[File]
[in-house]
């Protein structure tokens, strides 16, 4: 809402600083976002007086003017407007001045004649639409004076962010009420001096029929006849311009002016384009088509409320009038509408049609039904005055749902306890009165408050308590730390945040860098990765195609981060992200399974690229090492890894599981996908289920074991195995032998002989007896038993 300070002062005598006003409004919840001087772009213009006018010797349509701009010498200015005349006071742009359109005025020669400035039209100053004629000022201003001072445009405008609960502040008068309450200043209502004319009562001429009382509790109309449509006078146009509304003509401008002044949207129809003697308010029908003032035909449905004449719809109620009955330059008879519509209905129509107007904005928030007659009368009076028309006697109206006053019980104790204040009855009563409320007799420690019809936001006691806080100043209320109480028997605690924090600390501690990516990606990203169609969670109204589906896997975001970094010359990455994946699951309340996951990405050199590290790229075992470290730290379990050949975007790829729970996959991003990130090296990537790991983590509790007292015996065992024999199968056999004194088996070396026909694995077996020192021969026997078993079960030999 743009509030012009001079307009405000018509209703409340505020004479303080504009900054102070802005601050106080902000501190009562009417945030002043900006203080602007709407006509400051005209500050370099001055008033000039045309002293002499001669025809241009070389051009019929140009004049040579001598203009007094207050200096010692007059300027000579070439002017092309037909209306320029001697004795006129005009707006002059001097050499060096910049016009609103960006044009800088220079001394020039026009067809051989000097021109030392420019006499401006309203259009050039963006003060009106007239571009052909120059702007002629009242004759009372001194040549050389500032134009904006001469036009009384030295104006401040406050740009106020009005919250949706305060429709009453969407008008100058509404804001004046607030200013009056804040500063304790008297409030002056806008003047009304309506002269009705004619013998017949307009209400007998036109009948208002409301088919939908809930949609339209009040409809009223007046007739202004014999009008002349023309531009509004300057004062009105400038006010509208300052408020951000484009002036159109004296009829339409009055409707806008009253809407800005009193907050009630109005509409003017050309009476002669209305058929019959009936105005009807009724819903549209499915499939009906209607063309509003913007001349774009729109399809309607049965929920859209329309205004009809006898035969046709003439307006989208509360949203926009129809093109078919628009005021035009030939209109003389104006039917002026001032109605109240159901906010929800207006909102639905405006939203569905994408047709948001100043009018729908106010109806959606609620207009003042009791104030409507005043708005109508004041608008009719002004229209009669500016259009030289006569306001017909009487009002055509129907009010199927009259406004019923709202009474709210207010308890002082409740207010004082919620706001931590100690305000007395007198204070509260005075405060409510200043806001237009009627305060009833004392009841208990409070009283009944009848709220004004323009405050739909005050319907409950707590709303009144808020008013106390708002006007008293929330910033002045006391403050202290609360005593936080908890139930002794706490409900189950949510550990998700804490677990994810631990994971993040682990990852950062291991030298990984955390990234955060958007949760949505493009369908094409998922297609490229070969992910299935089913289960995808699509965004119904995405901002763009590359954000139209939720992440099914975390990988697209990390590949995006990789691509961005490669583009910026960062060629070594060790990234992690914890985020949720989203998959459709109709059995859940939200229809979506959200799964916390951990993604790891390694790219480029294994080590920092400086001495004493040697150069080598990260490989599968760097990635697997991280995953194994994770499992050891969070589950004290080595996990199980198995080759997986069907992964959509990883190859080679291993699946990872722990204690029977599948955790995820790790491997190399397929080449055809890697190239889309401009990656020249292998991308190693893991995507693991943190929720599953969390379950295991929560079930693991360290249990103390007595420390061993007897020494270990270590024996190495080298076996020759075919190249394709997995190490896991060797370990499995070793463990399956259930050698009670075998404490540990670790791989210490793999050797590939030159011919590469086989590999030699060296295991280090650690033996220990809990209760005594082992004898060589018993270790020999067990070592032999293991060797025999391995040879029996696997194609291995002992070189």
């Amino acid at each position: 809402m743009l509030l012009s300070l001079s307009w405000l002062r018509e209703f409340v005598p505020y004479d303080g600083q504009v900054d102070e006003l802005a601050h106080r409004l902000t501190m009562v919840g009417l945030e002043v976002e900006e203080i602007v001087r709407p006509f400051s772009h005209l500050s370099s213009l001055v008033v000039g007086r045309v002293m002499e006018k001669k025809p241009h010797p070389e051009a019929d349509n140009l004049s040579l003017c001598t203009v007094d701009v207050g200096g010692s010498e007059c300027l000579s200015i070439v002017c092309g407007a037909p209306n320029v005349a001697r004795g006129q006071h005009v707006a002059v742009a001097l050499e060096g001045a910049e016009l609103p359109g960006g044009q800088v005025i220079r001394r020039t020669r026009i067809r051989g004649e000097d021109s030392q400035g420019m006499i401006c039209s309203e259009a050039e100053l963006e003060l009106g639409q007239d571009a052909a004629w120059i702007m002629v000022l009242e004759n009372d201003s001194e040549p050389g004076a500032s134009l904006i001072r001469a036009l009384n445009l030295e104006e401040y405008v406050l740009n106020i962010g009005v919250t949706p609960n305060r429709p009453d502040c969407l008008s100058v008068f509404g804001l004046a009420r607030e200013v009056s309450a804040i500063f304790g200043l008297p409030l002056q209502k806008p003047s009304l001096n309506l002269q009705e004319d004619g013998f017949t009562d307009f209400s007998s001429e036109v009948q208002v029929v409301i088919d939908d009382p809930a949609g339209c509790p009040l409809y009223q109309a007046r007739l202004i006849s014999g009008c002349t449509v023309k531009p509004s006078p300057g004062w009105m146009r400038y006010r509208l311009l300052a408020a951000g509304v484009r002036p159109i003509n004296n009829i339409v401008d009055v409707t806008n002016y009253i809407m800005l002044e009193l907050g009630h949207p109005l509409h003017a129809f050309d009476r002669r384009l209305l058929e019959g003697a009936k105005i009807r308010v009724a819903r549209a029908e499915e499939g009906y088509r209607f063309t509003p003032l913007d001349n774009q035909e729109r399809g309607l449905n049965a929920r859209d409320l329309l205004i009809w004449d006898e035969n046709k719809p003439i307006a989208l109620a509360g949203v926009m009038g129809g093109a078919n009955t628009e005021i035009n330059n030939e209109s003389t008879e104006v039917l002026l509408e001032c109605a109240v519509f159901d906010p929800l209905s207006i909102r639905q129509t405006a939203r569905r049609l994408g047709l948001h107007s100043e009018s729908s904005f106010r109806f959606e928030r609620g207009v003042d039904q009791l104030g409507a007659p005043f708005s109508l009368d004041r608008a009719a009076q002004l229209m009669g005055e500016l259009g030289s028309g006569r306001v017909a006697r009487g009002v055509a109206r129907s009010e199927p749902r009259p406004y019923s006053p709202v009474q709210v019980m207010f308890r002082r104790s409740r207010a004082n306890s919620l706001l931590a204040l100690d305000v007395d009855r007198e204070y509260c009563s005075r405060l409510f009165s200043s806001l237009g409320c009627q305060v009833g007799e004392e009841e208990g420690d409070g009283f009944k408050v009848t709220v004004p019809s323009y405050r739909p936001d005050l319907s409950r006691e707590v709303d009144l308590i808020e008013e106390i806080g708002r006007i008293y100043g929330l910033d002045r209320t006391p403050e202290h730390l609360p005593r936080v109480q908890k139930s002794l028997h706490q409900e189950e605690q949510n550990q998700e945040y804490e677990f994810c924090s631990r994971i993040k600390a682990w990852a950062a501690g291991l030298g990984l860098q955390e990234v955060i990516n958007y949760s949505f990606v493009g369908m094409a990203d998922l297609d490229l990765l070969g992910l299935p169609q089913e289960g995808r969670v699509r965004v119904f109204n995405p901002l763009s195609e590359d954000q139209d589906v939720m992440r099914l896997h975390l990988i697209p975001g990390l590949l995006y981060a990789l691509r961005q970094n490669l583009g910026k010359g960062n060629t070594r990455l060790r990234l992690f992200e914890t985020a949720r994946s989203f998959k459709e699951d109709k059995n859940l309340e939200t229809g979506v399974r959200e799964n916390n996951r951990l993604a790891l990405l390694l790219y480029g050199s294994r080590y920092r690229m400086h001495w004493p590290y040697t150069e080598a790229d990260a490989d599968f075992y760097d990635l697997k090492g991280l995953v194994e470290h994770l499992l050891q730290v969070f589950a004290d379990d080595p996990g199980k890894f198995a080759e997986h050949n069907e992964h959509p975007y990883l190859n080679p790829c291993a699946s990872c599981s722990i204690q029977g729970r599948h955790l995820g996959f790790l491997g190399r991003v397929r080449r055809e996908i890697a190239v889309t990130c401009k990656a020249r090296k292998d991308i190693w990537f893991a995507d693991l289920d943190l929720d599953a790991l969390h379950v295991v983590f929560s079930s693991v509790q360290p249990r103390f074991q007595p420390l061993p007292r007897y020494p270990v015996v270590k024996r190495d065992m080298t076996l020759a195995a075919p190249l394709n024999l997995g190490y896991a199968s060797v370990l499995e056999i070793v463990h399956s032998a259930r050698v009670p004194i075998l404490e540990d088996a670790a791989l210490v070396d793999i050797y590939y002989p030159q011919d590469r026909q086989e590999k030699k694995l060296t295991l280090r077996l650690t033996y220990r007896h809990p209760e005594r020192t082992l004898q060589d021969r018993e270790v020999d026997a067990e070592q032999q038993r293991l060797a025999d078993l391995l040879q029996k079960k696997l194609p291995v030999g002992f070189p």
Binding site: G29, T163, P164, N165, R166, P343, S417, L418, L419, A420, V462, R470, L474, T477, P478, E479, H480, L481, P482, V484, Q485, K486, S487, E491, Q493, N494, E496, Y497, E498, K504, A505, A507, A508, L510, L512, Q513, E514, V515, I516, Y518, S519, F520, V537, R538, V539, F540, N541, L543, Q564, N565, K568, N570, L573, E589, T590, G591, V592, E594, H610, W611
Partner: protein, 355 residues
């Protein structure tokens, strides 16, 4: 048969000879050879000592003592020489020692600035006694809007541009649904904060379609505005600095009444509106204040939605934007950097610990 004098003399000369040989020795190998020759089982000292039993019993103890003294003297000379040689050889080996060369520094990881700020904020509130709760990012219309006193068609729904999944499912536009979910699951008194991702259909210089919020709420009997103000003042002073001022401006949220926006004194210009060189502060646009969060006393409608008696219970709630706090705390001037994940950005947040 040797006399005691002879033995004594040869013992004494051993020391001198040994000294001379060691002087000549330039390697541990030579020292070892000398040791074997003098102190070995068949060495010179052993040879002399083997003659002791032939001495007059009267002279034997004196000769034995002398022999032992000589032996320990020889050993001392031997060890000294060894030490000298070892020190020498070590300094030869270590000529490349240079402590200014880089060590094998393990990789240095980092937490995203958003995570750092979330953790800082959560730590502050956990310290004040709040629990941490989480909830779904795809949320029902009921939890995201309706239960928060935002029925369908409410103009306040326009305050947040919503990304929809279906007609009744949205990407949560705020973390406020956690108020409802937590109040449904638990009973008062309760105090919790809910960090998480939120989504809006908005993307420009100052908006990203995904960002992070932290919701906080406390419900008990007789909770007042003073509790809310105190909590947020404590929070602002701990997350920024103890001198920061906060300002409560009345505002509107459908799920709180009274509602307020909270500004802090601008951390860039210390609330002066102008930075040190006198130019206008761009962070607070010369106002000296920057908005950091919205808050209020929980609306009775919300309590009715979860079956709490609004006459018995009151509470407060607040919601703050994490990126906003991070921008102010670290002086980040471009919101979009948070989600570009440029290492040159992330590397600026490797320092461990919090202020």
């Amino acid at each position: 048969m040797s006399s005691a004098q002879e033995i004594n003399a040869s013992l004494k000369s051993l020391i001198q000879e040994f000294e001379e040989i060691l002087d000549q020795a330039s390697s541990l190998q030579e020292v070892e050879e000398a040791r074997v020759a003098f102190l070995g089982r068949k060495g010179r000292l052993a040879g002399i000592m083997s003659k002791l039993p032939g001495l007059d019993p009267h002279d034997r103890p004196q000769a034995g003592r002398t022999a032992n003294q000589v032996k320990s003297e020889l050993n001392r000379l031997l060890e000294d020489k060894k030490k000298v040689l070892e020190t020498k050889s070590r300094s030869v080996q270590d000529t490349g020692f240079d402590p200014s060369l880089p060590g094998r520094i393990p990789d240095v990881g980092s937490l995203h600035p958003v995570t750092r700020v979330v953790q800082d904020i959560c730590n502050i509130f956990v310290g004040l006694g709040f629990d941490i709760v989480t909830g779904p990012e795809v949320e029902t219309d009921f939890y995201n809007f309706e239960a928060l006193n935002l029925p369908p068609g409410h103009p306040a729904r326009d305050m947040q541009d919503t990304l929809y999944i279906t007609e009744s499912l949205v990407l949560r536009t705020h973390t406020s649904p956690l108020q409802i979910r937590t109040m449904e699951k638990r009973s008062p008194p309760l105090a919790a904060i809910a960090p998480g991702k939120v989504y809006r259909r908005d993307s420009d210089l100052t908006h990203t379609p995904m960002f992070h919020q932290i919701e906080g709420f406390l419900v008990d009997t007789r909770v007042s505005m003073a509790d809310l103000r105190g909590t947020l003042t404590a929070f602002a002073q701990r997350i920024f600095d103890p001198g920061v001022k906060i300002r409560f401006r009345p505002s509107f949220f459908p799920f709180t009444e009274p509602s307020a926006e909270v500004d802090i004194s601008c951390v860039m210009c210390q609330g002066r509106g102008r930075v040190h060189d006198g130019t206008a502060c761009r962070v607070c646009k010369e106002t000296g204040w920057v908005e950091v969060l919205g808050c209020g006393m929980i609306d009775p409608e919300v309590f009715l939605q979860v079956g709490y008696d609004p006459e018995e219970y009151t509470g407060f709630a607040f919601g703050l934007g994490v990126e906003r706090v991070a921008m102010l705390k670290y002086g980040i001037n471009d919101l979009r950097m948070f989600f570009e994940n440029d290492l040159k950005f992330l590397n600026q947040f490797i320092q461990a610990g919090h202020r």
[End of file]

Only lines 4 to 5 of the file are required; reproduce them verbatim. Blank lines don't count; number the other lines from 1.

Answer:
Binding site: G29, T163, P164, N165, R166, P343, S417, L418, L419, A420, V462, R470, L474, T477, P478, E479, H480, L481, P482, V484, Q485, K486, S487, E491, Q493, N494, E496, Y497, E498, K504, A505, A507, A508, L510, L512, Q513, E514, V515, I516, Y518, S519, F520, V537, R538, V539, F540, N541, L543, Q564, N565, K568, N570, L573, E589, T590, G591, V592, E594, H610, W611
Partner: protein, 355 residues